But I am tired of playing by the rules when the rulers do not. I doubt Donald Trump has paid any taxes in the past 20 years. None. And he claims to be worth $10 billion. Jared Kushner paid little or no taxes over an 8-year period. And he’s worth $324 million. How many potholes would that have filled? How many schools would that have built? How many teachers would not have to buy their own supplies with that influx of taxes? Not to mention the $497.80 million Donald’s Daddy bilked us out of over the years by funneling money to his children. How many veterans, that the president claims to adore, could he have been personally treated or outfitted?

Having been raised Roman Catholic, and hard-wired with intrinsic guilt, the old saying, “How can you sleep at night?” always played in my head. That was always the guilt trip for past transgressions. Too late for future improvements. I always liked to play it in advance with the opportunistic, “What would I do in that situation?” This has afforded me the chance to make decisions, not always the correct ones, that I could defend to my children at a future date. “What did you do about gun violence after the murders at Sandy Hook Elementary School, dad?” I can answer that.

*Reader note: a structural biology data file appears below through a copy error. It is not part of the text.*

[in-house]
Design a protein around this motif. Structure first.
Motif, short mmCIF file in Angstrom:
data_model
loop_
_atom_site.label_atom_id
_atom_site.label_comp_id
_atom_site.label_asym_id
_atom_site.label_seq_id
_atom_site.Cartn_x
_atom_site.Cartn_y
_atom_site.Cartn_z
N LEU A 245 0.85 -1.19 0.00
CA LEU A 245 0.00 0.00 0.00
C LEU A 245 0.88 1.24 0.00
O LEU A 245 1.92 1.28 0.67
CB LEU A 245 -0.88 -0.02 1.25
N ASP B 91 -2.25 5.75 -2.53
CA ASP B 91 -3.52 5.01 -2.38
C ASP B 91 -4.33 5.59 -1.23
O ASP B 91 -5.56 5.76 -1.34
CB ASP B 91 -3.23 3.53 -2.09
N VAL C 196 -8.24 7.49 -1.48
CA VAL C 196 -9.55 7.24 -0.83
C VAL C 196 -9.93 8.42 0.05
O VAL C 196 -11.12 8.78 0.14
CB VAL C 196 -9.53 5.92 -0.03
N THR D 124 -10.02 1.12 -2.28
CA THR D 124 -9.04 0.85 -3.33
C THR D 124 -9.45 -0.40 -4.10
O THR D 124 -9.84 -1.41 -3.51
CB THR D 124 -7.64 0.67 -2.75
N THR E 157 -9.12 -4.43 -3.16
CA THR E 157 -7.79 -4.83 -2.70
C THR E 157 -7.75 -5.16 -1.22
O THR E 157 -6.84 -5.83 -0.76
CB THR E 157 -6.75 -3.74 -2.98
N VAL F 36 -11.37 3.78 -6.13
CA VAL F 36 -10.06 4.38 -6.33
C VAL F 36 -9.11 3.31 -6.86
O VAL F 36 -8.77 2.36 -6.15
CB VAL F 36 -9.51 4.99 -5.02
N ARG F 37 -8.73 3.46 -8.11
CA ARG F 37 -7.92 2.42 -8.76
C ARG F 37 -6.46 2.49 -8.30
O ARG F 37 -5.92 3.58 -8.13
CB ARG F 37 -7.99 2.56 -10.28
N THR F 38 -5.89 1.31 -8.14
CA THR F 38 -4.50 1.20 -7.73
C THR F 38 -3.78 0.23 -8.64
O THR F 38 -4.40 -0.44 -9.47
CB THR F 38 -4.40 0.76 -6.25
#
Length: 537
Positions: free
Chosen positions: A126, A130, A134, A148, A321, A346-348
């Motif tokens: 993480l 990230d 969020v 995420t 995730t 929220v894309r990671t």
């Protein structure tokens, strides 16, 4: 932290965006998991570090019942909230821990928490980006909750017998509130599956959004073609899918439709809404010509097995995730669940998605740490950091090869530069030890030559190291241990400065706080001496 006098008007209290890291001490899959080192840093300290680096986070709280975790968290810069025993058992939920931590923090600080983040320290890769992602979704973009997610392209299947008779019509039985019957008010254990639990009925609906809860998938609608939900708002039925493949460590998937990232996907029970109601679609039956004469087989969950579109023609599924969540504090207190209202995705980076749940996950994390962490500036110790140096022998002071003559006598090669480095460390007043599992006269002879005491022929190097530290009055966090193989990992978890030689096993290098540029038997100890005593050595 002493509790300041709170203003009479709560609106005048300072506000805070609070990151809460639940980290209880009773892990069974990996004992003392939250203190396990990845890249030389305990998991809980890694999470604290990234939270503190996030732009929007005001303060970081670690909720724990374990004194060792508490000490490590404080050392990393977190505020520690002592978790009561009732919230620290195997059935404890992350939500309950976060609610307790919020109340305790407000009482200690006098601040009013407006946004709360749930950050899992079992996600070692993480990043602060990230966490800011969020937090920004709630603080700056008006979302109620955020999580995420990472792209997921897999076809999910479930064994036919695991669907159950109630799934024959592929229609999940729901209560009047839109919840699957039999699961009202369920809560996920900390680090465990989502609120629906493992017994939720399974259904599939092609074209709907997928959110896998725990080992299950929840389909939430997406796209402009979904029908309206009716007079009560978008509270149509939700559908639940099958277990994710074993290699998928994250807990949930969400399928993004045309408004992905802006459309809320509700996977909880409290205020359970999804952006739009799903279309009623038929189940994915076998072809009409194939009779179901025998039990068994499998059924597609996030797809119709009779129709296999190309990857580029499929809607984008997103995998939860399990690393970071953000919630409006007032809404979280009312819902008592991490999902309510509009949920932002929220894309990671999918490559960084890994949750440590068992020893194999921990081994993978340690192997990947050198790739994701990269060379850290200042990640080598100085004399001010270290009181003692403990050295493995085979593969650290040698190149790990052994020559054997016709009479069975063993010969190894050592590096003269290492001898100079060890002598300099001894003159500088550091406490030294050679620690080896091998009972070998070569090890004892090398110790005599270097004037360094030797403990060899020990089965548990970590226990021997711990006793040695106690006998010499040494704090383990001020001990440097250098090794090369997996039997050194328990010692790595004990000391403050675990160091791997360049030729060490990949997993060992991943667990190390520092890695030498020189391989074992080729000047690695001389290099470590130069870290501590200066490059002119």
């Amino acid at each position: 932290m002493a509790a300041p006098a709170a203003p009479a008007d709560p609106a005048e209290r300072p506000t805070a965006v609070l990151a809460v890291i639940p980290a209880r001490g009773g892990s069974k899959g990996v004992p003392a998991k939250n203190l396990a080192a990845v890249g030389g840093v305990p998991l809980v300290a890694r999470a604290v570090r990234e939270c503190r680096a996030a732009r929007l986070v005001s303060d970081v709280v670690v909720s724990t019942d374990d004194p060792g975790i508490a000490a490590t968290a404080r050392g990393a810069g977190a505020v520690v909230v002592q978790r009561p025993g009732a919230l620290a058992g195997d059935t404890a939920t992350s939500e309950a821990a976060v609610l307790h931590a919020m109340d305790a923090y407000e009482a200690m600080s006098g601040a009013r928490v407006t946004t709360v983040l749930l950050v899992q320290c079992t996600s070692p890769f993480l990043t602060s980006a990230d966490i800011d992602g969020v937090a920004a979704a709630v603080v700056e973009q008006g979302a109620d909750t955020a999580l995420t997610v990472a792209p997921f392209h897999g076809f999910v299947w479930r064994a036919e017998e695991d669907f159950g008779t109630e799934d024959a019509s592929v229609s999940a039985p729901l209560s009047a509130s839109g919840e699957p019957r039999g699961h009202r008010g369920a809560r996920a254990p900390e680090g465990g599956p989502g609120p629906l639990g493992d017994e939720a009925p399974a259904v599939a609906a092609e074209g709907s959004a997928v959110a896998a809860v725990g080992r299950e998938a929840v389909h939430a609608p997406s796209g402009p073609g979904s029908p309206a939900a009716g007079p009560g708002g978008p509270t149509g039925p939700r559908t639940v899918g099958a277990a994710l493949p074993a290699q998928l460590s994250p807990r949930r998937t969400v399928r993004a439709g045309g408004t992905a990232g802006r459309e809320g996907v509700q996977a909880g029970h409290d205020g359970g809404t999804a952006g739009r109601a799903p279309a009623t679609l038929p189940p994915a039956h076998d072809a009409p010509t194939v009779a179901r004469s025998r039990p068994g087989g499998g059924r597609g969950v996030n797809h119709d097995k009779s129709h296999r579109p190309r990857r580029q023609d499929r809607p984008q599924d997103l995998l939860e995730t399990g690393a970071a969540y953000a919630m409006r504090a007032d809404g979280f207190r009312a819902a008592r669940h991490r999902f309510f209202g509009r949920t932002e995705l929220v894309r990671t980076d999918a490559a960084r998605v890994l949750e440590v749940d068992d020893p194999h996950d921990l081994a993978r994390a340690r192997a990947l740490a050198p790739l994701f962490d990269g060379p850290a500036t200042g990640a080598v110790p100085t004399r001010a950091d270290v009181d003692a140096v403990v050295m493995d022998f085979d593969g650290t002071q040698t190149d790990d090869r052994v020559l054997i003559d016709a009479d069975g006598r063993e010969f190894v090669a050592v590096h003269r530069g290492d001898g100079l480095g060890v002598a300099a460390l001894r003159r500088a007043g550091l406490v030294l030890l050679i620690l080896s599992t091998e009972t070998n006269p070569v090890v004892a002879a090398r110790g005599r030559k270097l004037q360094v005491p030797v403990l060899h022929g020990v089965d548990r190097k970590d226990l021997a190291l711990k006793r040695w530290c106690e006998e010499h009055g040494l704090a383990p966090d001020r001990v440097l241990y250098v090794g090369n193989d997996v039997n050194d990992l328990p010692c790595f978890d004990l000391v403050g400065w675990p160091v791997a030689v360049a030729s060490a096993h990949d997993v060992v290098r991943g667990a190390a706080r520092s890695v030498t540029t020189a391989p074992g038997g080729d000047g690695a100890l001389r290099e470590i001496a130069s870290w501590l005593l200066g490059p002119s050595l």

But kleptocrats answer to neither guilt nor history. To the question, “How can you sleep at night?” Trump answers, “Fine, either in the White House or in one of my gold palaces.” To the question, “What did you do about climate change?” Trump will answer, “Got us out of the Paris Climate Accord, watched the icebergs melt and the polar bears starve to death (before poor Don Jr. and Eric could shoot them to death), watched Florida sink into the Atlantic, and spent my gazillion, tax-free dollars golfing and eating KFC. I’ll be dead before the air is too toxic to breathe and burns you to ashes. Now go pay your taxes, suckers.”